Moving from the Capital hall to the south one reaches a spacious gothic-roofed chapel and the vestry. The inscription on the wall tells the story that the vestry was built in 1485 by the famous Dubrovnik architect Paskoje Miličević who also arranged the port in the same year. The final resting place of this great Dubrovnik architect is located in this vestry he had built. The vestry with founding columns which hold up the belfry were built by order of the Gundulić family. Beside the vestry by the order of Syracuse merchant Giovanni Sparterius, builder Bartul Garcianus made a chapel with circular window, decorated with gothic-renaissance elements. The chapel, vestry, and the Capital Hall are all covered under a flat roof which gave the south-eastern part of the monastery a spacious terrace.
Although the complex of the Dominican Monastery has in some of its elements different style characteristics, from the Romanesque to the Baroque, it is a harmonious and logical architectural unit, but nevertheless predominantly Gothic and somewhat early Renaissance. A special treasure of this monastery is its library with over 220 incunabulas, numerous illuminated manuscripts, and rich archive with precious manuscripts and documents. The art and artifacts collection in the museum is very rich, and the best paintings of Dubrovnik art school of the 15th-16th centuries have found their proper place here.
A large collection of ex voto jewellery is something that will tingle the imagination and interest of any woman whether they like gold, silver, or coral jewellery as the museum collection is quite impressive.References:
The Kalozha church of Saints Boris and Gleb is the oldest extant structure in Hrodna. It is the only surviving monument of ancient Black Ruthenian architecture, distinguished from other Orthodox churches by prolific use of polychrome faceted stones of blue, green or red tint which could be arranged to form crosses or other figures on the wall.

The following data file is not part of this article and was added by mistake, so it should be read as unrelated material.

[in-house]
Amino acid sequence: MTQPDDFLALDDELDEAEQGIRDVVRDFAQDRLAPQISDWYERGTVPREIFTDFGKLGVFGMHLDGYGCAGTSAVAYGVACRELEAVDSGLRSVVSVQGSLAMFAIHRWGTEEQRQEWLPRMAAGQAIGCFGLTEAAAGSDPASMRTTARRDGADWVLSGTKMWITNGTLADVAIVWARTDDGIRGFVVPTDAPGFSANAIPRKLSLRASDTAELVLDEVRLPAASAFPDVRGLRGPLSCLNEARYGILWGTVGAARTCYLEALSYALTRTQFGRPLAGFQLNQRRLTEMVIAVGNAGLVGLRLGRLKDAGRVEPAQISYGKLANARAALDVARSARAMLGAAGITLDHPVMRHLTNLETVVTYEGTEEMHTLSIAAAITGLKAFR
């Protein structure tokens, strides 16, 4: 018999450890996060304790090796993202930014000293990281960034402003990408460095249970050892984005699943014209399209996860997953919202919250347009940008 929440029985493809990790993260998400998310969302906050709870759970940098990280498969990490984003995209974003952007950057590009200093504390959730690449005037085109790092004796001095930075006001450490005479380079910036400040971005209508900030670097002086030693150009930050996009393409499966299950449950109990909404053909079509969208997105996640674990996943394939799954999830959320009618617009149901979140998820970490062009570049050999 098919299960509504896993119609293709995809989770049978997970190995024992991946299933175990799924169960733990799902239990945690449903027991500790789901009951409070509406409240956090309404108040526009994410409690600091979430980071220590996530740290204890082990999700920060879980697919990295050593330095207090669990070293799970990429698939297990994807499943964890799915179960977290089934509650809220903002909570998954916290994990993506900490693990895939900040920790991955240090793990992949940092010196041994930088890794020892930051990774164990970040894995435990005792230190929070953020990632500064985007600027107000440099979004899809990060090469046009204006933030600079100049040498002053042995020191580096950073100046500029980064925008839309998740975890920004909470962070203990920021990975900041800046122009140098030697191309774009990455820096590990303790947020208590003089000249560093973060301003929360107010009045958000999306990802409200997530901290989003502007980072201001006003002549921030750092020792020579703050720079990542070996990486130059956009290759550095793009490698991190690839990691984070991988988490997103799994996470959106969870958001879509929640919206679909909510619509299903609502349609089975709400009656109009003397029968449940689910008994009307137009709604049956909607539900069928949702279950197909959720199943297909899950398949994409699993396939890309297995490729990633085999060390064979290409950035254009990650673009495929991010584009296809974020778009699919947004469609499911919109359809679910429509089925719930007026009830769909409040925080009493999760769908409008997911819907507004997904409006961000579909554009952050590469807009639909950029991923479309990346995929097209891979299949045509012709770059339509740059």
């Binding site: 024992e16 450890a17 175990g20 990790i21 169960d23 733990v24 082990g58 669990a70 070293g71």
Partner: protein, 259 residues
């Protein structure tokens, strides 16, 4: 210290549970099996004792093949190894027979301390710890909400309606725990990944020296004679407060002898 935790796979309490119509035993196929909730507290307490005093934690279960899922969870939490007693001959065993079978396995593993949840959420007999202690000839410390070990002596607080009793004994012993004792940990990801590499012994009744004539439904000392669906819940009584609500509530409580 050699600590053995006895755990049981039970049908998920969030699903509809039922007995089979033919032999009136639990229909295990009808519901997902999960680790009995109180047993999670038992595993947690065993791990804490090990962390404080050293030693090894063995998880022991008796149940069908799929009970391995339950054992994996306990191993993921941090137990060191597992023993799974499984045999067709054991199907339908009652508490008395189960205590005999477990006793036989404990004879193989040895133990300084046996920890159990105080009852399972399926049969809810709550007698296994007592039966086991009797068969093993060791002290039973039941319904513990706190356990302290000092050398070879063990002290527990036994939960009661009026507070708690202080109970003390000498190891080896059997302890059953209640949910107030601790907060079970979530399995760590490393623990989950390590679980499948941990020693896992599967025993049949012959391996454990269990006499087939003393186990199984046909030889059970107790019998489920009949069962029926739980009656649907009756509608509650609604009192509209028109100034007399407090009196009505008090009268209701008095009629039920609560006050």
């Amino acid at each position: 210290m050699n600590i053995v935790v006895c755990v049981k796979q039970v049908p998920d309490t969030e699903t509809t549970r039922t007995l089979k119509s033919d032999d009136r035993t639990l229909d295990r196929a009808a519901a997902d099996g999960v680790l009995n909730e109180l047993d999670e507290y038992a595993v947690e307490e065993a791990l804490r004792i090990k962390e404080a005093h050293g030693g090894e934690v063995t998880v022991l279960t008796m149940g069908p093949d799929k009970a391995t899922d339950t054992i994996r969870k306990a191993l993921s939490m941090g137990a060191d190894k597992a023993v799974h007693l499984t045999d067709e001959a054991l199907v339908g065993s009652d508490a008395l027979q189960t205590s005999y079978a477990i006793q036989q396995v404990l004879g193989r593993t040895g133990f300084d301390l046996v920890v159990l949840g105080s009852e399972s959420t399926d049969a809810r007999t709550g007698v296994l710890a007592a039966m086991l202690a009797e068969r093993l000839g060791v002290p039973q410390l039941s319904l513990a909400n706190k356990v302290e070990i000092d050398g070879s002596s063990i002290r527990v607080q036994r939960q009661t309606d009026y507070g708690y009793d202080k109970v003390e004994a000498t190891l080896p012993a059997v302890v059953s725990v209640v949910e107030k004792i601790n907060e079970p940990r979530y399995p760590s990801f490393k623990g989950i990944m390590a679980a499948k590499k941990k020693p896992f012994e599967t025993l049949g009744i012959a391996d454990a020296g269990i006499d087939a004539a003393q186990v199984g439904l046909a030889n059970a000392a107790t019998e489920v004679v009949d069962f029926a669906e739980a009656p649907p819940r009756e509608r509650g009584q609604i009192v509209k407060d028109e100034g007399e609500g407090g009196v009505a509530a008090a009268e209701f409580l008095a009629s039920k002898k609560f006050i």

The church is a cross-domed building supported by six circular pillars. The outside is articulated with projecting pilasters, which have rounded corners, as does the building itself. The ante-nave contains the choir loft, accessed by a narrow gradatory in the western wall. Two other stairs were discovered in the walls of the side apses; their purpose is not clear. The floor is lined with ceramic tiles forming decorative patterns. The interior was lined with innumerable built-in pitchers, which usually serve in Eastern Orthodox churches as resonators but in this case were scored to produce decorative effects. For this reason, the central nave has never been painted.
The church was built before 1183 and survived intact, depicted in the 1840s by Michał Kulesza, until 1853, when the south wall collapsed, due to its perilous location on the high bank of the Neman. During restoration works, some fragments of 12th-century frescoes were discovered in the apses. Remains of four other churches in the same style, decorated with pitchers and coloured stones instead of frescoes, were discovered in Hrodna and Vaŭkavysk. They all date back to the turn of the 13th century, as do remains of the first stone palace in the Old Hrodna Castle.
In 2004, the church was included in the Tentative List of UNESCO"s World Heritage Sites.